Compliance FAQ: SEC Risk Alert Identifies Most Common RIA Compliance Deficiencies

In this month’s article, Lexington Compliance looks at the most common RIA compliance deficiencies and offers guidance as firms prepare for SEC regulatory examinations.

On Feb. 7, 2017, the Securities and Exchange Commission (SEC) Office of Compliance Inspections and Examinations (OCIE) released a new National Exam Program Risk Alert identifying the five compliance areas most commonly cited in deficiency letters sent to registered investment adviser (RIA) firms registered with the SEC. The OCIE is the SEC division that conducts examinations of RIA firms and this new list of top deficiencies can help investment advisers better prepare for a regulatory examination. The risk alert focuses on deficiency letters from over 1,000 RIA audits conducted over the past two years. This latest SEC OCIE staff guidance follows similar examination deficiency guidance provided by the North American Securities Administrators Association (NASAA) in its 2015 RIA coordinated examination report.

The 5 areas with the most compliance issues identified by the SEC OCIE staff are:

  • Rule 206(4)-7 (the “Compliance Rule”) under the Investment Advisers Act of 1940 (the “Advisers Act”)
  • Required regulatory filings
  • Rule 206(4)-2 under the Advisers Act (the “Custody Rule”)
  • Rule 204A-1 under the Advisers Act (the “Code of Ethics Rule”)
  • Rule 204-2 under the Advisers Act (the “Books and Records Rule”)

In the risk alert, the OCIE staff provides additional guidance and observations related to typical audit deficiencies found in each of the five compliance areas.

Compliance Rule

Our recent blog post titled "Rule 206(4)-7 Continues to Cause Preventable RIA Compliance Issues" discusses many of the areas of weakness cited in the risk alert including:

  • Compliance manuals are not reasonably tailored to the adviser's business practices.
  • Annual reviews are not performed or did not address the adequacy of the adviser's policies and procedures.
  • Adviser does not follow compliance policies and procedures.
  • Compliance manuals are not current.

Regulatory Filings

The Form ADV is the primary filing document for all RIA firms. Despite much guidance provided on the proper completion of the Form ADV and the requirement to file an annual Form ADV amendment[PA1] , it continues to frequently cause compliance issues for investment advisory firms. Such issues are often related to inaccuracies or failure to disclose conflicts. The most common deficiencies related to regulatory filings are:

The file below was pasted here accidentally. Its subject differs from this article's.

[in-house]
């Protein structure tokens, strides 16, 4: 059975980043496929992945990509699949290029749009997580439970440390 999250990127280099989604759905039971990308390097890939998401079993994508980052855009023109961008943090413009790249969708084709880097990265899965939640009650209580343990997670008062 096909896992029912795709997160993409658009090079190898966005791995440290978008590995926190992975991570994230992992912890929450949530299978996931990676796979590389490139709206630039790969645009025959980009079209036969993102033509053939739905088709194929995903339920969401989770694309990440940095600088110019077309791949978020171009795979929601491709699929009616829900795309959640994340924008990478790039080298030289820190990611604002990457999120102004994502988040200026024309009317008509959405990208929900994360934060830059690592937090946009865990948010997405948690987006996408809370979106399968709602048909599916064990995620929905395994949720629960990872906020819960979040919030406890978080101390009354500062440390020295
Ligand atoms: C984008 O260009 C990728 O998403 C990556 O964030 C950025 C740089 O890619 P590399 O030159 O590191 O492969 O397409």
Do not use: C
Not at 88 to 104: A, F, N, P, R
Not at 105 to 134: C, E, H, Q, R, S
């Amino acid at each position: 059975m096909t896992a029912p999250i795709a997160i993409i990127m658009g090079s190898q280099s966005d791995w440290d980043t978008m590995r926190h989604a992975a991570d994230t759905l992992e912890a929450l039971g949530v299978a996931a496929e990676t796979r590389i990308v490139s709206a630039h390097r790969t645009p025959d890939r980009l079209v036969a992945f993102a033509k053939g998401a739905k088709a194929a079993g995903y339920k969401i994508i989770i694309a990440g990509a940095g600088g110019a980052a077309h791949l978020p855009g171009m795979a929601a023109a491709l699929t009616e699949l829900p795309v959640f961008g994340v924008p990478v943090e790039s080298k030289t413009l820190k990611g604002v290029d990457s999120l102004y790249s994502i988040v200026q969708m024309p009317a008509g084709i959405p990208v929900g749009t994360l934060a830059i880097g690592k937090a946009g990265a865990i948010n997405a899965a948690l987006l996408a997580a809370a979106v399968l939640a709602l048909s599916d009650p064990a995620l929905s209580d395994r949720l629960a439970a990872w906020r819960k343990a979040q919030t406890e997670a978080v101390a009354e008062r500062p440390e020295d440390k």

• Inaccurate disclosures
  • Untimely amendments to Form ADVs
  • Incorrect and untimely Form PF filings
  • Incorrect and untimely Form D filings

Custody Rule

Many firms fail to recognize that they may be deemed to have custody of client funds. Common scenarios which can lead to an RIA firm having custody include bill-paying services, check-writing authority, online login access to client accounts, serving as trustee, or serving as the general partner of a pooled investment vehicle ("PIV"). The most common deficiencies related to custody are:

  • Advisers did not recognize they may have custody due to online access to client accounts.
  • Advisers with custody obtained surprise examinations that do not meet the requirements of the Custody Rule.
  • Advisers did not recognize they may have custody as a result of certain authority over client accounts.

Code of Ethics Rule

Proper implementation of a Code of Ethics is one of the key foundations of an RIA firm's compliance program. Firms need to ensure that the Code of Ethics is followed and fully implemented and also need to make sure that all relevant persons are properly identified as "access persons." The most common deficiencies related to the Code of Ethics are:

  • Access persons not identified
  • Code of Ethics missing required information
  • Untimely submission of transactions and holdings
  • No description of Code of Ethics in Form ADVs

Books and Records Rule

Every SEC-registered RIA firm is required to keep certain books and records. Investment advisory firms need to ensure that books and records are being regularly reviewed to identify and correct any information that is no longer accurate, contradictory, or may be missing. The most common deficiencies related to books and records are:

  • Did not maintain all required records
  • Books and records are inaccurate or not updated
  • Inconsistent recordkeeping

As RIA compliance consultants, we strongly recommend that the principals and chief compliance officer of all investment advisory firms registered with the SEC, regardless if the firm has been recently examined or not, review the contents of this latest SEC RIA compliance risk alert. The official risk alert includes more detailed information on each of the most common deficiency areas identified during investment adviser audits.

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